The five-movement Sonata da camera from 1945 comes across as a bit weird.
Leroy-Anderson light, it lies outside her typical works of the period
and reminds me a bit of Elgar's examples of neoclassicism (eg, "Gavotte:
AD 1700 and 1900") or of Prokofiev's Classical Symphony. A large portion
of it sounds as if written by a dutiful student of eighteenth-century
style. Then, as smoothly as Alice creeping through the looking-glass,
you suddenly find yourself in surreal, modern territory. This happens
in three of the movements. The opening "Largo" about halfway through
moves instantly and almost unnoticeably from Handel to Dali. The trio
of the third-movement "Minuet" suddenly breaks free of its rhythmic
tether, lurching in odd-bar phrases. The "Allegro" second movement is
practically pure Stravinsky, as is the final "Gigue." Only the fourth-movement
"Andante" consistently reveals the composer's artistic personality and
gives the work an unexpected depth.
The 1948 third violin sonata shows Bacewicz coming to grips with the
music of Bartok. Paradoxically, this influence allowed Bacewicz to find
her own convincing voice. Adrian Thomas, who wrote not only the liner
notes but the Grove entry on Bacewicz as well, claims a Szymanowski
influence in the lyrical sections, which I don't hear at all. Bartok's
music hit serious young composers all over Eastern Europe hard after the
war, even someone as independent as Lutoslawski. How this music survived,
let alone got played, in the atmosphere of Socialist Realism, I can't
tell you, but the Poles somehow managed. Bacewicz's sonata avoids broad
strokes and easy emotions. She has sublimated her Boulanger neoclassicism
into textural clarity, though she has left behind the sunniness of it.
To me, her sonata speaks mainly of uncertainty, especially in the slow
movement -- not dark, so much as unsettled. The third-movement scherzo,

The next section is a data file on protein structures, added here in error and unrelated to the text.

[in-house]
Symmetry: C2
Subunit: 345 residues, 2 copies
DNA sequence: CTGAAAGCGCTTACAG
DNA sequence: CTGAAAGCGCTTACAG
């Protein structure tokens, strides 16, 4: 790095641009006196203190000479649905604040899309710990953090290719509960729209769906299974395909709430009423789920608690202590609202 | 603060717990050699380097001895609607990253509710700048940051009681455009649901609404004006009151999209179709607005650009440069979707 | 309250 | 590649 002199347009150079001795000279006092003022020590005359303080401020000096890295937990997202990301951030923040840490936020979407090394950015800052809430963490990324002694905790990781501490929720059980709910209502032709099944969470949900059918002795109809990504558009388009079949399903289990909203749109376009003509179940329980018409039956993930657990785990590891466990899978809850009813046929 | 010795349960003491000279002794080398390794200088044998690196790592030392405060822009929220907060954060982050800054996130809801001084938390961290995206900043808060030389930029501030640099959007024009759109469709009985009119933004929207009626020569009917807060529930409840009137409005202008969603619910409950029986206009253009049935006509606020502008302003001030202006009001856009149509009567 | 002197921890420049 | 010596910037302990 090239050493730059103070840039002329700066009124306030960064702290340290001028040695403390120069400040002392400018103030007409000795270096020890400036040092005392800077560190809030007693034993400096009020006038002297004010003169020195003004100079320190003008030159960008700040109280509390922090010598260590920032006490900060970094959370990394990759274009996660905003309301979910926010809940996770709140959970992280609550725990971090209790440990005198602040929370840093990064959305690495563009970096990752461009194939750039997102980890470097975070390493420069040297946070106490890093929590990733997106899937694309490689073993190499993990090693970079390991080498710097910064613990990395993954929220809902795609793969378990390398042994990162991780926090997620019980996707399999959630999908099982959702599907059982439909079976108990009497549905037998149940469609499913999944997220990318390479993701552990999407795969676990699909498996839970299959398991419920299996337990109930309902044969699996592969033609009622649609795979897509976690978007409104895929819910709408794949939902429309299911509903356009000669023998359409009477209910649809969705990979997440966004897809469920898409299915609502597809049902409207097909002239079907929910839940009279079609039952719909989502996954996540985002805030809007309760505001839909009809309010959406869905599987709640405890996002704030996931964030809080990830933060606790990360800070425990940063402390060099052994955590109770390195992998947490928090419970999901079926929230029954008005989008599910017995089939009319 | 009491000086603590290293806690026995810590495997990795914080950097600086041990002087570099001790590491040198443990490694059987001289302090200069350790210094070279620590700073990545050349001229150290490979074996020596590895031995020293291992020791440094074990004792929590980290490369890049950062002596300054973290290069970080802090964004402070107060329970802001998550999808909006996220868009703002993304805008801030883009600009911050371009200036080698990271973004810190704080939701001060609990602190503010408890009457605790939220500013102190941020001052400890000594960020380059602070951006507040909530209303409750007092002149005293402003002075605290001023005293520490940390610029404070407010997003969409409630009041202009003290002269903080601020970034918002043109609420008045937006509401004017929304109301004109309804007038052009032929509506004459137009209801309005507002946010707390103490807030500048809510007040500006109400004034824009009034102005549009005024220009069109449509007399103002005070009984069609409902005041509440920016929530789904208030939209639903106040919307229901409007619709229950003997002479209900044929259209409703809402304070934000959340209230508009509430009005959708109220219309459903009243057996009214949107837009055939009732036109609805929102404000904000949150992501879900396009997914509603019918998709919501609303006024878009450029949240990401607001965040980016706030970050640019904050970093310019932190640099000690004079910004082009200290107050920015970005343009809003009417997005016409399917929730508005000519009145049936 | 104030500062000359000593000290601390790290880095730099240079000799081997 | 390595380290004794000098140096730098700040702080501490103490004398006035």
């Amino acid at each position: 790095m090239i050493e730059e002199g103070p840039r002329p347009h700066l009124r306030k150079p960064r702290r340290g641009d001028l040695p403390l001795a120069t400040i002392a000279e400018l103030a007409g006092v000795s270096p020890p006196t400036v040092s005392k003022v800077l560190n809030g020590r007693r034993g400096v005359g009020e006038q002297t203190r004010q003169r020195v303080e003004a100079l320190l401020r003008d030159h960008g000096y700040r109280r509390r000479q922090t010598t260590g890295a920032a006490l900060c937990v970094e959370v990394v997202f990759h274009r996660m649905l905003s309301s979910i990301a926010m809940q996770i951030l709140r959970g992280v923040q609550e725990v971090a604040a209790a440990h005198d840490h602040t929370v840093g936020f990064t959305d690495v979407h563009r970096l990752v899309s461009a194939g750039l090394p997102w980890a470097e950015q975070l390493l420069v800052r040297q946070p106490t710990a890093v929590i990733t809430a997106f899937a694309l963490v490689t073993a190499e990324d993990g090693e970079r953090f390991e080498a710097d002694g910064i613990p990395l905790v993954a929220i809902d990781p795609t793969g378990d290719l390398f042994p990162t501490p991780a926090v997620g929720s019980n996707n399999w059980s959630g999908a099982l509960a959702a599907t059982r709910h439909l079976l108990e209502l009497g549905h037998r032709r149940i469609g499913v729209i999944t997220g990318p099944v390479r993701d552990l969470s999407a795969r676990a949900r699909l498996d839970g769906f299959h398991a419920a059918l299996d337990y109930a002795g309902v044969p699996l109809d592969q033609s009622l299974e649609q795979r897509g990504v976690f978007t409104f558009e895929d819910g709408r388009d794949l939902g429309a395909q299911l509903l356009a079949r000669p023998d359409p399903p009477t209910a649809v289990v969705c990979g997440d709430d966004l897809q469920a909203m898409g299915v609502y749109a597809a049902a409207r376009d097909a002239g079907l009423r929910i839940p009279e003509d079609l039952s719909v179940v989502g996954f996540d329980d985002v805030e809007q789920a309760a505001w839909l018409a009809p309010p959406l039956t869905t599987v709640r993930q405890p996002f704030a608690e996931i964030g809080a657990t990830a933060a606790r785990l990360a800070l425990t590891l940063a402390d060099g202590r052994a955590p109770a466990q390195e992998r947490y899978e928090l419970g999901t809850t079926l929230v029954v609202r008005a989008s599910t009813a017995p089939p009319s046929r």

a blood-and-guts affair, drives and hits. Bacewicz was admired for her
fast music, and these two middle movements show her at her most
characteristic. But she saves the best for last, coming up with a
movement tragic and questing, by turns, with a defiant end. By me, a
The Partita (1955) returns to neoclassical tropes, but Bacewicz
abstracts them to fit her increased and more complicated mode of expression.
She models the Partita on the old sonata di chiesa, with its slow-fast,
slow-fast succession of movements. At this point, she has stripped her
idiom of ornament and Bartokian richness, as if she wants to write as
few notes as possible. The music is austere, almost to Shostakovich
levels of asperity. Nevertheless, the music sings profoundly. The third
movement dares the most, by a long shot. Marked "Andantino melancolico,"
it really proceeds at an adagio pace; its thirty-five bars run more than
three minutes. The violin part almost whines over the same few notes
against a background of deeply-tolling bells. The fast movements jack
up the energy; the slow ones convert it to intensity. This music peels
away layers. You feel as if the composer has let you into her heart.
I admire Mordkovitch's playing very much. None of this music is easy.
The Enescu strikes me as the most technically difficult, as befits the
composer's legendary virtuosity, with double- and triple-stops at high
speed. Mordkovitch at the least gets through it, but not without some
intonation wonkiness and a tone just this side of scratch. I mention
it only because I've not noticed these things before in her playing. I
chalk it up to the cruelty of Enescu. She improves greatly in the
Bacewicz, although here and there she fails to make the pitch. Nevertheless,
I certainly don't question her musicianship. She delivers quite fine
accounts. She gets the emotional density so central to Bacewicz. Ian
Fountain gives her great support, and each seeks the other out as they
play. Add to this Chandos's sound, and you have a wonderful CD.